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Career Q&A | By Liz Reyer, Star Tribune (Minneapolis)

Plan now for postretirement life

Check with a financial planner to ensure you’re managing the financial side of retirement well and can afford your dreams.

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Check with a financial planner to ensure you’re managing the financial side of retirement well and can afford your dreams.

Q I'm about five years away from retirement. I have some ideas on what I'd like to do afterward that would give me the chance to develop some new skills, and wonder what I should do now to be ready.

A: Planning gives you time to prepare, so make a plan and take action.

Take a step back, focusing first on what you'd like in postretirement life. What aspects of your current professional life would you like to maintain? What would you like to move away from? Consider interests you've had and skills you haven't had a chance to use, and think about how important it is to engage them.

Think more about your ideas from the perspective of their fit with your hopes and your vision for yourself. Imagine yourself in new roles. Take note of where they fit and don't seem to fit. If it's because, upon reflection, they don't appeal to you, drop them from your list. But if the barriers are more related to skills or experiences you'd need to be successful, keep them in the hopper for more consideration.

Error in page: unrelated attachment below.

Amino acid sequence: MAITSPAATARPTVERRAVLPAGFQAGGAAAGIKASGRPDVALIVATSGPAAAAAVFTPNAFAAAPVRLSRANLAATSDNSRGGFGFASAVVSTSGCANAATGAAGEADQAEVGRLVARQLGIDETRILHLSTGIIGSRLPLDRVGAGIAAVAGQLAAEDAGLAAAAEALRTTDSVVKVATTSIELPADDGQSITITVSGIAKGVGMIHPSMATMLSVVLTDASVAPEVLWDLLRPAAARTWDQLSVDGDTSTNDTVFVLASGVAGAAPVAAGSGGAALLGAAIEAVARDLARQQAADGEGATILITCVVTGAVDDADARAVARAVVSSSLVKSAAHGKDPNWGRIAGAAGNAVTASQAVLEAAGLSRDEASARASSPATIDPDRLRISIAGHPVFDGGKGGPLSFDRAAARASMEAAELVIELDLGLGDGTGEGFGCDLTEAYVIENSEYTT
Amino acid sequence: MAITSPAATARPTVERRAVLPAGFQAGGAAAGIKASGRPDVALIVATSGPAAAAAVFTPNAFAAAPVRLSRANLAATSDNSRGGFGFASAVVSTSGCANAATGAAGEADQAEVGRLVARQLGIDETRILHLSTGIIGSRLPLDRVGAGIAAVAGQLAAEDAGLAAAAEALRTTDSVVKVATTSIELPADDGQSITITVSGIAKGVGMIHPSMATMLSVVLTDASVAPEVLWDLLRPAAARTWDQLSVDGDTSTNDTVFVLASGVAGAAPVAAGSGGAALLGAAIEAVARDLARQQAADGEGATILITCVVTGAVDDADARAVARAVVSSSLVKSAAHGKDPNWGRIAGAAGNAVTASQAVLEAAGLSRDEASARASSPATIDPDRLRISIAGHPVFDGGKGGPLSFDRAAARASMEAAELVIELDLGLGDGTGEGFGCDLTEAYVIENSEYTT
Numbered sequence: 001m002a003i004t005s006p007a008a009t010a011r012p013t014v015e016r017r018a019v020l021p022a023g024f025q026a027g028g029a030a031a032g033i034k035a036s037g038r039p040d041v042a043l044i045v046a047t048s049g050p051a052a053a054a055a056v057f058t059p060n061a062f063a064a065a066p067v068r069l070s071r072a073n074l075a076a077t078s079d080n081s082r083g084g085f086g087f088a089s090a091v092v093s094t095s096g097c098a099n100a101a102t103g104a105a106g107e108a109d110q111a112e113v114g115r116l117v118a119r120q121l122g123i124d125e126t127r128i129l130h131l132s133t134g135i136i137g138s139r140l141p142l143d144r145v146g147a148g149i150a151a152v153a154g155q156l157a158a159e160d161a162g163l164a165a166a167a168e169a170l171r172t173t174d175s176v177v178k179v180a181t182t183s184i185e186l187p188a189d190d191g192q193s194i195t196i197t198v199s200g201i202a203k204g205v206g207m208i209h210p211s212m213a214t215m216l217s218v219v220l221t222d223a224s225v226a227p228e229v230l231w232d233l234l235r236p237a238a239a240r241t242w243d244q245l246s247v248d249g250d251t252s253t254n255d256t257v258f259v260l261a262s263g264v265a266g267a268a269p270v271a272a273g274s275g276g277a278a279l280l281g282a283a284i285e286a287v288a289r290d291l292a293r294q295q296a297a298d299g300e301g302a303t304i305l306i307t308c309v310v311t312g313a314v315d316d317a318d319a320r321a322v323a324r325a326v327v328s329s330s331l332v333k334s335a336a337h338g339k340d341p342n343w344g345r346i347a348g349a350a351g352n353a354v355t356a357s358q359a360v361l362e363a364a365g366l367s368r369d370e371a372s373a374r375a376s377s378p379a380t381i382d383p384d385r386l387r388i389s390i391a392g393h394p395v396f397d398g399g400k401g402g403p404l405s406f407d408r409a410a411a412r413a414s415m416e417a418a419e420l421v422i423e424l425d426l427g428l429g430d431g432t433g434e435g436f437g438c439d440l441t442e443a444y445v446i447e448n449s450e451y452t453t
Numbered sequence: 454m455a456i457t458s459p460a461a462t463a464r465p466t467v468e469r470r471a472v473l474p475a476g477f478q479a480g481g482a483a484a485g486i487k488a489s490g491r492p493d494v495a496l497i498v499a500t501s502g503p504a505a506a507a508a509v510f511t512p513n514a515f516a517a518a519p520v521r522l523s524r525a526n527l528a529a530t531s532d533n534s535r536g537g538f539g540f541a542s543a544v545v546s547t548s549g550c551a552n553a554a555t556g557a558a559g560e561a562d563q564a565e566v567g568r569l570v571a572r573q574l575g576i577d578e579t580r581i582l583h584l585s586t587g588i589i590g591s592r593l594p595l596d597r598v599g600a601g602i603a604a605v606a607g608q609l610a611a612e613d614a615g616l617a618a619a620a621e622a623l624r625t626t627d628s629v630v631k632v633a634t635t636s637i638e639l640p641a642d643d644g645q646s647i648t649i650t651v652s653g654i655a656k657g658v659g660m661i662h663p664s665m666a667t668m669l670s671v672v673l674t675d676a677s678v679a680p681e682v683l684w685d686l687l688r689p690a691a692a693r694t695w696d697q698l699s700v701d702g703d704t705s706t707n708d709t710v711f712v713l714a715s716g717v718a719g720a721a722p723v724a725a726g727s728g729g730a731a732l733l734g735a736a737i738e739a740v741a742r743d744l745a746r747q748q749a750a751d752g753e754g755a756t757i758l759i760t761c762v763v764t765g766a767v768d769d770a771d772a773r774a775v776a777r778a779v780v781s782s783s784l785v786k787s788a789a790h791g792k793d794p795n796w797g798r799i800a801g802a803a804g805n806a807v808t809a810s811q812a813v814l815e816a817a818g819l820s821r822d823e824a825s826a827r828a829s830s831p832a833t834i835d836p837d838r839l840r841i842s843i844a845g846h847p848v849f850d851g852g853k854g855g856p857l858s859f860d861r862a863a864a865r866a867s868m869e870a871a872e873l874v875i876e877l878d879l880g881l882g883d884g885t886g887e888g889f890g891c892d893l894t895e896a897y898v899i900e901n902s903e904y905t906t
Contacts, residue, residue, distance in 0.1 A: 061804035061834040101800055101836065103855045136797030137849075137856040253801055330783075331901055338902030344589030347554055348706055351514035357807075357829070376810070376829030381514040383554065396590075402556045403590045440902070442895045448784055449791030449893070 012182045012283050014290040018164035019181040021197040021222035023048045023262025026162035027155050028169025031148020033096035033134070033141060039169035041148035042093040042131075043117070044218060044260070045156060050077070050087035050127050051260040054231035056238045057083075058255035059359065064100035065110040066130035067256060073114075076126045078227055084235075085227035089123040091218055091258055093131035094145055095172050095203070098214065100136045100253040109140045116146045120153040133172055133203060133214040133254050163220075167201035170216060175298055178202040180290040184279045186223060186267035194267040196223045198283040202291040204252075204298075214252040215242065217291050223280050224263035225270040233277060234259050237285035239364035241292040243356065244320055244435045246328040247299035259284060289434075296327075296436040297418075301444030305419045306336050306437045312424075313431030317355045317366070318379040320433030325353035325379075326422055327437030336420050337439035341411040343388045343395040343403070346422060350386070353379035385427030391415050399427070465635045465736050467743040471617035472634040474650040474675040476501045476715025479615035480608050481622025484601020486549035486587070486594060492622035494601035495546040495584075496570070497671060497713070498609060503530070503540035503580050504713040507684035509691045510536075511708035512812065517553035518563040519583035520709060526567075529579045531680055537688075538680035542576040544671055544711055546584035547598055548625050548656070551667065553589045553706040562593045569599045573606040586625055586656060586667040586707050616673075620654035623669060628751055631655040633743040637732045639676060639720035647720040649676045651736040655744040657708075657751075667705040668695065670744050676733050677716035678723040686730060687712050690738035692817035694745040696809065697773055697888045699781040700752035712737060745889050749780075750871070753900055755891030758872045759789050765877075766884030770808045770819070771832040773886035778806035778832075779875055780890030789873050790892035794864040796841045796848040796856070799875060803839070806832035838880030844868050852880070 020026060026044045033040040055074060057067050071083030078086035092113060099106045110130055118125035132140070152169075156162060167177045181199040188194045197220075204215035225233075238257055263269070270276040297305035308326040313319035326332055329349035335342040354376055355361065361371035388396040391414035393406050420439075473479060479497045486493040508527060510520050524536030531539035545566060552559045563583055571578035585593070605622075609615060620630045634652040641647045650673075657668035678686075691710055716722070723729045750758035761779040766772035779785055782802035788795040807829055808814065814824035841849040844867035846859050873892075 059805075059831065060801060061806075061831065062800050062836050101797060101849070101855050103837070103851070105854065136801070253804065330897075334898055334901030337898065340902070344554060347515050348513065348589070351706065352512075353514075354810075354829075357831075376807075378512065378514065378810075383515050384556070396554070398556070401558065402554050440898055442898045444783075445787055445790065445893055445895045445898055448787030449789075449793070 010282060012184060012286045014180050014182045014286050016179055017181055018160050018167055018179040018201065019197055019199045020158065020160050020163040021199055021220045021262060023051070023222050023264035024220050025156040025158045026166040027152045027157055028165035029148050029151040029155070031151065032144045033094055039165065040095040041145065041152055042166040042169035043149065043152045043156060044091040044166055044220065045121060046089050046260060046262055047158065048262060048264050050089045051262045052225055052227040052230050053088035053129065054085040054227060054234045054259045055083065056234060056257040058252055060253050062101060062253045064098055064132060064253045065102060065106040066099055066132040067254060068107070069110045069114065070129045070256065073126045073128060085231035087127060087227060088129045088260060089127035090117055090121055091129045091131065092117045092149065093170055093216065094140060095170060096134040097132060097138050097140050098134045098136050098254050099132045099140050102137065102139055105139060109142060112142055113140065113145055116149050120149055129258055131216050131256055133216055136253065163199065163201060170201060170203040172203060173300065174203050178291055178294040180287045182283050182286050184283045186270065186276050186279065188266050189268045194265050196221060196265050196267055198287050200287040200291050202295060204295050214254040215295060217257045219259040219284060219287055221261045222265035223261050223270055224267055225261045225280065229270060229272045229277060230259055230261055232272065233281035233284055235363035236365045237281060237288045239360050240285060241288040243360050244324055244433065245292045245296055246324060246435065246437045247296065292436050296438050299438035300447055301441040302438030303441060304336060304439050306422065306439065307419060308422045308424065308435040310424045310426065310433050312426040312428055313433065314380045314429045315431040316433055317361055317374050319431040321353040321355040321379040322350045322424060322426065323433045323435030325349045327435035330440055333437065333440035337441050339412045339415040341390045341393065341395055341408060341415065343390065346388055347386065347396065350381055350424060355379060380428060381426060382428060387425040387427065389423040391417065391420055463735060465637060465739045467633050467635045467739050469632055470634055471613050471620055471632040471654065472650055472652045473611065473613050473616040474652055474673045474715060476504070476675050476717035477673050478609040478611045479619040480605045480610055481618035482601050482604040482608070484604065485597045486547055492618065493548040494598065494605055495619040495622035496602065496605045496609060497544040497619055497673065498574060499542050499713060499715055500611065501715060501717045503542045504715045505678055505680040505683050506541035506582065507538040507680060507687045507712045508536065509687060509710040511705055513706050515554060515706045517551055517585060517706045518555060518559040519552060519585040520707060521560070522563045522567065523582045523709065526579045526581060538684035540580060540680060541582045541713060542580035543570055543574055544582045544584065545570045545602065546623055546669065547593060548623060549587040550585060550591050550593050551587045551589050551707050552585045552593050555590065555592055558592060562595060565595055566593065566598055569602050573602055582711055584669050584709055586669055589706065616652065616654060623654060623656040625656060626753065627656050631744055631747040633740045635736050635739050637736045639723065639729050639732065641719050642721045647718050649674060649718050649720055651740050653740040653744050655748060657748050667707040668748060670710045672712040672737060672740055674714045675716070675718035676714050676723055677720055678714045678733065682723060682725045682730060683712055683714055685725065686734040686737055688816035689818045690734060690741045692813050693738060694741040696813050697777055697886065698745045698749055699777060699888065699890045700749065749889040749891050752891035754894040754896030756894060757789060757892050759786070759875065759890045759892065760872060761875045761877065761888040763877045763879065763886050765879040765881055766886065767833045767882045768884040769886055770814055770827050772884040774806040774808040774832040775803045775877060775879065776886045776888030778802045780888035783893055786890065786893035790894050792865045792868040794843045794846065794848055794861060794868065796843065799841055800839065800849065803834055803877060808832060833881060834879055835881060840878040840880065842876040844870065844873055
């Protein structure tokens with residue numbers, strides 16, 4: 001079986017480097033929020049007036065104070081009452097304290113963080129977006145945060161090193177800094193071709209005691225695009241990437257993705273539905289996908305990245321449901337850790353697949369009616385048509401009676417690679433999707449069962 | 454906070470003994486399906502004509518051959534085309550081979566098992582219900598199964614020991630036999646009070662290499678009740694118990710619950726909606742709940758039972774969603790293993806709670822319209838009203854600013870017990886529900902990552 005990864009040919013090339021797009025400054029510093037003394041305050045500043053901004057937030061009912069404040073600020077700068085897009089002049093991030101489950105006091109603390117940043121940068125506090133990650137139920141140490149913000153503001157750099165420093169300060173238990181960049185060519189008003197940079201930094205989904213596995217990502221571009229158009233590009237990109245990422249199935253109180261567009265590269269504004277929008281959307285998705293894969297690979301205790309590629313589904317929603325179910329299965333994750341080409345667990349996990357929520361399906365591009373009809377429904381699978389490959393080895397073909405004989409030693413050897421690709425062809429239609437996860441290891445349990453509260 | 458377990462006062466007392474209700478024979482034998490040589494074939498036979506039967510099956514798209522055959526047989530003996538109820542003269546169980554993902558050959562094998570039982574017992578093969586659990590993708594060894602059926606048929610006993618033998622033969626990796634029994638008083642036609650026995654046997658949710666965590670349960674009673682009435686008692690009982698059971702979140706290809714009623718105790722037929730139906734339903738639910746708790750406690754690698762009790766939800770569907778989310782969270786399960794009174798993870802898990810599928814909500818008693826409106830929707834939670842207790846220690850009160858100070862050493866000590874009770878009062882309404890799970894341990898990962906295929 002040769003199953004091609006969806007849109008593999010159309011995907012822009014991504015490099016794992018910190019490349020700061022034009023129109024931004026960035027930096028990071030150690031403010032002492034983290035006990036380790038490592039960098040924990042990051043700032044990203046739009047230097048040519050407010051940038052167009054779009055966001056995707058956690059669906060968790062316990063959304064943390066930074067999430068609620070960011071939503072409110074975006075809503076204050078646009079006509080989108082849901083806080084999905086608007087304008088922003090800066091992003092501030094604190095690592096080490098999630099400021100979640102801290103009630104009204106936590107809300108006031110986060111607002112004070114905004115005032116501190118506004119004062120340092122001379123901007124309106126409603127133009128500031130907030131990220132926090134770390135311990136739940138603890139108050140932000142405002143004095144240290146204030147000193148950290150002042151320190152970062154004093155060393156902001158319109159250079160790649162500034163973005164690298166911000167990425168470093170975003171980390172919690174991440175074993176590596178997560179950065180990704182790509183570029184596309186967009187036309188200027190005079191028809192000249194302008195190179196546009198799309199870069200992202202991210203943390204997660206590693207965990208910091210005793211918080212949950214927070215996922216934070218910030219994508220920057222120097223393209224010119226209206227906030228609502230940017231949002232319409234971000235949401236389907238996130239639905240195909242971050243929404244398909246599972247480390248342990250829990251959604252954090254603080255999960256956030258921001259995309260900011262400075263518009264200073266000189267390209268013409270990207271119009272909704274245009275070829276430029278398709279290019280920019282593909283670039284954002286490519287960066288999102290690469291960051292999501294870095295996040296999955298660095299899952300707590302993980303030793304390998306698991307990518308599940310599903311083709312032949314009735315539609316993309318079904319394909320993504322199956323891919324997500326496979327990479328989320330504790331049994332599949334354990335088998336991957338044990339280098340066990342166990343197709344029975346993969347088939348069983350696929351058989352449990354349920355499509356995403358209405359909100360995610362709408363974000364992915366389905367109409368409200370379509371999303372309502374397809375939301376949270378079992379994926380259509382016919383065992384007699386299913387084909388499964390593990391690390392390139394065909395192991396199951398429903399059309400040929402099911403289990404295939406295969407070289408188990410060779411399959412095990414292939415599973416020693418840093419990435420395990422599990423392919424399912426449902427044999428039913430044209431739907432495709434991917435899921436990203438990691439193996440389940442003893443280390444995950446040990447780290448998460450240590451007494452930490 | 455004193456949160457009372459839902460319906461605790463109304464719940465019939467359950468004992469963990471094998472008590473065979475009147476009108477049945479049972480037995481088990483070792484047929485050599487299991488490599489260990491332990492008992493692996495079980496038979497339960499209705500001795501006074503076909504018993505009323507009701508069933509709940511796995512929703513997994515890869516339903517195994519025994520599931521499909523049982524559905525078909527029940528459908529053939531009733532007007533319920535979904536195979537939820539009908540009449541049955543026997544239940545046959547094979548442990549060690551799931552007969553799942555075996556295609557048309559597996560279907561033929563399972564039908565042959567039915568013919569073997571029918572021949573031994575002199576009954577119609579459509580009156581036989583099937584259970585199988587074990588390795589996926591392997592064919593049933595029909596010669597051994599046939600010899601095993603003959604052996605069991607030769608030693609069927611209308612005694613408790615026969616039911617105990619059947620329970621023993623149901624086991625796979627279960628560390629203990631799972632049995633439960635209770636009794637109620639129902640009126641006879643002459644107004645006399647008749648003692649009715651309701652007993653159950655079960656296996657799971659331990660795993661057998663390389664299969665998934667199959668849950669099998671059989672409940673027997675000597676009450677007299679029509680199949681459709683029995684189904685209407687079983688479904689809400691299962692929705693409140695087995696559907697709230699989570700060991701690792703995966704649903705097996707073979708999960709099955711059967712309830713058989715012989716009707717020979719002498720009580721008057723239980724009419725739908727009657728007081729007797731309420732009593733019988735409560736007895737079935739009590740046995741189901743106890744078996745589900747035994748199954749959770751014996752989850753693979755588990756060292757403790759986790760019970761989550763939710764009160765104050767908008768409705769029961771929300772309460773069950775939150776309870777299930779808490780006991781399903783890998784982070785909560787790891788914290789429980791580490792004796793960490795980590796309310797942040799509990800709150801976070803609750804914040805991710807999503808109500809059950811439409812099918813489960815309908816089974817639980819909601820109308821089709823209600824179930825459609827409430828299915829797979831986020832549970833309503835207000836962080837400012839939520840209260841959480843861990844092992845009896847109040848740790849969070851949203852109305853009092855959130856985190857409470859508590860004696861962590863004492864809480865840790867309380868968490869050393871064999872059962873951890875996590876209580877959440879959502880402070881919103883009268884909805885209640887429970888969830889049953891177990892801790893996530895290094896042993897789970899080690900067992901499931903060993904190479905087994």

Finally, do a reality check on how much time, effort and resources you want to put into this preparation. This could range from going back to school, to doing independent study, to taking on volunteer commitments that give you hands-on experience. Be realistic so you don't have a mismatch between your hopes and your preparedness. Moving on to additional exploration, have in mind a small set of possible "finalists." For each, make a plan to learn more about it. This could include informational interviews, online research or conversations with career resource centers (yes, even for retirement job changes).

Depending on how much you need to do to be ready, and how strongly you want to move immediately into something new, you're going to have to make a decision.

Once that's done, map out a plan with timelines.

For example, imagine you'll retire in 2015 and know you want to take a year off before you commit to something new. Plan backward from 2016, determining when you need to take steps to be ready. Here's an example: Say you decide you'd like to become a personal trainer. You'll need to take classes and gain certification. Find out how long these take, especially on a part-time basis while you're still working.

Barriers will come up, challenges that may put you off your plan. Plan for them, and also adopt a perspective of resilience. Treat this as an adventure, rather than a "must-do," and be ready to let it change and evolve.

Dreaming and planning will help you be ready for the big change of retirement.

Liz Reyer is a credentialed coach with more than 20 years of business experience. Her company, Reyer Coaching & Consulting, offers services for organizations of all sizes.

Plan now for postretirement life 10/20/10 [Last modified: Wednesday, October 20, 2010 5:30am]
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